- 06 Nov 18
Michael D. and Sabina Higgins were among the homecoming crowd, reports Stuart Clark
The first communal cheer of the night erupts as Michael D. and Sabina Higgins take their seats in Block B. As an out of retirement MacPhisto remarks later - it's sort of good to have the horny ole devil back - "Fee-fi-fo-fum, I smell the blood of a two-term Limerick man!"
This is much more of a Miggedly gig than a Peter Casey one. There obviously wasn't time to add the latter to the rogue's gallery - Trump, Kim Jong Un, Bashar al-Assad, Robert Mugabe and Vladimir Putin among them - that graces the extremely large LED screen before Charlie Chaplin’s final speech from The Great Dictator tees up 'The Blackout', an opening song that with its "Democracy is flat on its back" refrain is tailor-made for the despotic times we live in.
"We're a band from the Northside formerly known as The Hype," Bono proclaims as U2 rock 'n' roll the years back with versions of 'I Will Follow' and 'Gloria' that have changed little since they were blasted out in the Baggot, which is among several old haunts name-checked over the course of an unapologetically sentimental and nostalgic show.
They may have been forced to abandon it recently in Berlin when Mr. H's voice gave out, but tonight 'Beautiful Day' swoops, soars and generally confirms that normal note-hitting service has been resumed. He's also in inspired form as The Edge joins him on the runway for 'The Fly', which together with 'Zoo Station', 'Even Better Than The Real Thing', 'Who's Gonna Ride Your Wild Horses', 'Acrobat', and the obligatory encore version of 'One' recalls the time U2 spent standing (and recording) by the wall in Hansa Studios during the early '90s. Lest anyone fails to get the pro-European solidarity message, the blue flag with the yellow stars that so enrages Johnson, Farage, Rees Mogg, Duncan Smith et al. is digitally unfurled towards the end of the show.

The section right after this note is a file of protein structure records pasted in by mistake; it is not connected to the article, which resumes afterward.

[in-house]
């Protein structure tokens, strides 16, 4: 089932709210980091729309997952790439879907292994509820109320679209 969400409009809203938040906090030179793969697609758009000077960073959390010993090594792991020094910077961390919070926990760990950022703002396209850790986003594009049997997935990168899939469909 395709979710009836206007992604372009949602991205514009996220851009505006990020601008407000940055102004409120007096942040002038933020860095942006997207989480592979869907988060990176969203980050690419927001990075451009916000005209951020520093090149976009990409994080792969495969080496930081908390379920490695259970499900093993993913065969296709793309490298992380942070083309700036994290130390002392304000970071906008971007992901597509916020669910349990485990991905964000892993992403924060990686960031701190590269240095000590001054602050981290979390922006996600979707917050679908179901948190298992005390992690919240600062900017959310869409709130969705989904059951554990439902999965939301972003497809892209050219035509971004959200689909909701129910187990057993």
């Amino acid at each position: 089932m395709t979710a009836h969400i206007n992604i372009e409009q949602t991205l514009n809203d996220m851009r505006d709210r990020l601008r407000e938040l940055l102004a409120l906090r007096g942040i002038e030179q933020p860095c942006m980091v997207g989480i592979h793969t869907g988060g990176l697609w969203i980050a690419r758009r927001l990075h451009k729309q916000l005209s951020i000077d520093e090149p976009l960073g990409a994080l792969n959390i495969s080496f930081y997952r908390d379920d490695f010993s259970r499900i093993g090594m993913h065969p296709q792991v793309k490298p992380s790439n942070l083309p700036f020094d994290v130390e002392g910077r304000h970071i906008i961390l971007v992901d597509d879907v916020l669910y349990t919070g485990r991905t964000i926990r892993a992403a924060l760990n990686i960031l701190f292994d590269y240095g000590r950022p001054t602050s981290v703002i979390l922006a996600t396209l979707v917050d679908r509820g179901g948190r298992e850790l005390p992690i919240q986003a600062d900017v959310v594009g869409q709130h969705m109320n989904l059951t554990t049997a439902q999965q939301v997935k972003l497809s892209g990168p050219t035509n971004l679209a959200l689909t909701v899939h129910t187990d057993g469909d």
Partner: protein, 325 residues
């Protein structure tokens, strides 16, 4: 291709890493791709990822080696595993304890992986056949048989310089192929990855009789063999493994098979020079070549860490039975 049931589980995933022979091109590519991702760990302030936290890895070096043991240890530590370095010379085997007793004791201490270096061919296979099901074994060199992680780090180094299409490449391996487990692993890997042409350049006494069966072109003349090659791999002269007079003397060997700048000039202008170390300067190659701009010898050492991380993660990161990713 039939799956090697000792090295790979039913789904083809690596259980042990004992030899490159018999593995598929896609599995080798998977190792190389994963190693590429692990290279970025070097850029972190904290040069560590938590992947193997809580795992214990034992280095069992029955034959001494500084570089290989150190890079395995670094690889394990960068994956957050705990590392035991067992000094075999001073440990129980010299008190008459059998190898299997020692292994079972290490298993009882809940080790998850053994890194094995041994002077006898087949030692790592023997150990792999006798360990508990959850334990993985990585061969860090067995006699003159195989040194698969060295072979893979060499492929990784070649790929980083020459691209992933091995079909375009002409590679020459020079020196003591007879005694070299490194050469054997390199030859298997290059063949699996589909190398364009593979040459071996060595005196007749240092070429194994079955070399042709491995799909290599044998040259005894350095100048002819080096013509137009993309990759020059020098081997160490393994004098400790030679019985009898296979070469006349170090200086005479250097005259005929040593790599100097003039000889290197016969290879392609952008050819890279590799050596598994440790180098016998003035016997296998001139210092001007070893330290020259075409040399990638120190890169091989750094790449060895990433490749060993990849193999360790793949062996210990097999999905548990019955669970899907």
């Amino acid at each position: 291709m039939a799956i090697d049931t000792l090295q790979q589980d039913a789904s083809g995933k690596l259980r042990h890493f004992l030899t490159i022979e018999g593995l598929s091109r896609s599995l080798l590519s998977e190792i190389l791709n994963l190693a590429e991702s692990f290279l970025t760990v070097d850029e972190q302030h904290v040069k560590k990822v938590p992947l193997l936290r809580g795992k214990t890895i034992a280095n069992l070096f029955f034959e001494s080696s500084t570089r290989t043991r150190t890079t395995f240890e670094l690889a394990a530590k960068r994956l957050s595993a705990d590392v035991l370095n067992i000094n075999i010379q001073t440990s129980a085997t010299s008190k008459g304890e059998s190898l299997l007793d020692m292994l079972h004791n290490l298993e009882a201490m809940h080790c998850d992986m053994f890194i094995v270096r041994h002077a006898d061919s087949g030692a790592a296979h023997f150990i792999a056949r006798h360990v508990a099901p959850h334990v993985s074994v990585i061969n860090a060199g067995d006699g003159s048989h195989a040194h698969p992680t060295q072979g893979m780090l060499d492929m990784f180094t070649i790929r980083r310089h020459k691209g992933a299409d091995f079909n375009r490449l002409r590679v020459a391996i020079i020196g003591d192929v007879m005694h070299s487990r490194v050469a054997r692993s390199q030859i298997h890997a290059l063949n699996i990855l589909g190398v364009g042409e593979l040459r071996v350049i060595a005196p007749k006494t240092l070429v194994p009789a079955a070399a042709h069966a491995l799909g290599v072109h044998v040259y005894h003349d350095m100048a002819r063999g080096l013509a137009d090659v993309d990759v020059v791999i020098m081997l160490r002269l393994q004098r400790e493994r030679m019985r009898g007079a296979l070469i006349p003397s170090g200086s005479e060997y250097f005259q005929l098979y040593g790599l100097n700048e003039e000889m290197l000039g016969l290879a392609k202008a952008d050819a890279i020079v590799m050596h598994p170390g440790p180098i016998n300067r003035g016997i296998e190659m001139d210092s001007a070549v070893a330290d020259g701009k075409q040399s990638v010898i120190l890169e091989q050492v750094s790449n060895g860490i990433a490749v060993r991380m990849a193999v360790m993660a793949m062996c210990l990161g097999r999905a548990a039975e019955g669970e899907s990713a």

U2's continued ability to shock and awe is underlined by the double punk whammy of 'Elevation' and 'Vertigo', which manages to sneak in a couple of bars of 'Rebel Rebel'.
The last time U2 played the North Wall they were overwhelmed by the technology. Tonight, it's used much more sparingly as the band spend most of the set within physical touching distance of each other. If they decide to strip it down even further, there will be no complaints from me or, I suspect, the majority of the 3Arena audience who are stunned into silence by a bare bones 'Summer Of Love' that finds Edge indulging in some dexterous Spanish guitar picking. Accompanied by footage of a migrant boat listing dangerously just a few hundred metres away from a luxury cruise liner, and those 'very fine people' that Trump refused to condemn in Charlottesville, it's a real highlight.
It's an old song, though, that packs the biggest emotional punch tonight. Having moved down from the balcony to the floor, I can't see what Michael D. and Sabina's reaction is, but all around me there's communal singing and hugging as 'Pride (In The Name Of Love)' reminds us that there's a new civil rights war to be fought.